However, people like Wayne Grudem are also included in the mix without much attempt to distinguish him from the others. Yet I would suggest that Grudem’s position both in terms of his worldview and the underlying presuppositions are quite distinct from some of those described. One particular example given is that he was supportive of the campaign to build a wall arguing that walls/borders are a good and Biblical thing. However, such a position does not necessary align with Christian nationalism but rather with the fourth option above, that nation states are good thing, a blessing as part of God’s common grace.
Do those weaknesses and concerns mean that the authors are part of a deconstruction project making them either unhelpful or dangerous? Well, it is difficult to say for certain. Gushee seems to see their book as part of the deconstruction project. At one level, it is possible to argue that the book is simply descriptive, setting out the data and allowing us to decide what to do with it. Taking America Back For God describes what is the case rather than what ought to be the case.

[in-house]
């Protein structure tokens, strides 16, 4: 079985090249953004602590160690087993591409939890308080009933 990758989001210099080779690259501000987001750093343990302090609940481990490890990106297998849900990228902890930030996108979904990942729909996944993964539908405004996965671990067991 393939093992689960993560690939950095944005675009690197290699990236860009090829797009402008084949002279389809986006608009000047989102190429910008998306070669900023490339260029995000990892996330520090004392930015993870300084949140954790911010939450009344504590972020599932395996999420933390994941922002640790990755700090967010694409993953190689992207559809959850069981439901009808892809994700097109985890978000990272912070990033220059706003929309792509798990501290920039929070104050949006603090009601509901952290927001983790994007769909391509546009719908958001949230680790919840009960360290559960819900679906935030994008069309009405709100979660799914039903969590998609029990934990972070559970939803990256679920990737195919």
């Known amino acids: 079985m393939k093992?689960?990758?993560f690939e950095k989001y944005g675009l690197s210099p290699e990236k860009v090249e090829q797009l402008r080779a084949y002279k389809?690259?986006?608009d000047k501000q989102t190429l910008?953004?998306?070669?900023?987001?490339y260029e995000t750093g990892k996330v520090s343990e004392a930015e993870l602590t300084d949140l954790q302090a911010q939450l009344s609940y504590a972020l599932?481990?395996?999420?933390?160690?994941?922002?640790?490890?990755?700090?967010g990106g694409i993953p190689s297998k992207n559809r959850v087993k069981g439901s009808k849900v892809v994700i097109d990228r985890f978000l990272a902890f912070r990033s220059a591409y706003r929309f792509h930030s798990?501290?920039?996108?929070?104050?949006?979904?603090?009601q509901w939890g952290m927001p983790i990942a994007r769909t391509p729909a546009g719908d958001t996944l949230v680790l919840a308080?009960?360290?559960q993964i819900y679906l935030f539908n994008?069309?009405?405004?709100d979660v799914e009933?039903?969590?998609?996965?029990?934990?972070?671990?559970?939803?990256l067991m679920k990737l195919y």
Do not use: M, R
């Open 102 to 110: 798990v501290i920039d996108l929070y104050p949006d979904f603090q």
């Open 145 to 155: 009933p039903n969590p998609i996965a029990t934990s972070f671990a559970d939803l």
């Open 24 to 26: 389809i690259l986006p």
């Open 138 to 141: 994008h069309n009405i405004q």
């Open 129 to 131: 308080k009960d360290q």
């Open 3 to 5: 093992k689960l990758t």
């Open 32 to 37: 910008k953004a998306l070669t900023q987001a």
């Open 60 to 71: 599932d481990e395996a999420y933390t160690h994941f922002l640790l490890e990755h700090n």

Noting then my comments in this article, we need to be careful of reading subtext into books when it wasn’t intended. However, I think there are enough hints that the authors see the Trump project and the values they associate with Christian Nationalism in negative terms. For example, Trump’s messages on immigration are referred to as “dog whistle.” Or consider this quote:
“What Eurocentrism, anti-Catholicism, xenophobia and the disenfranchisement of black Americans have in common is that each reflects a general understanding of American civic belonging -namely that real Americans are native born white Protestants.”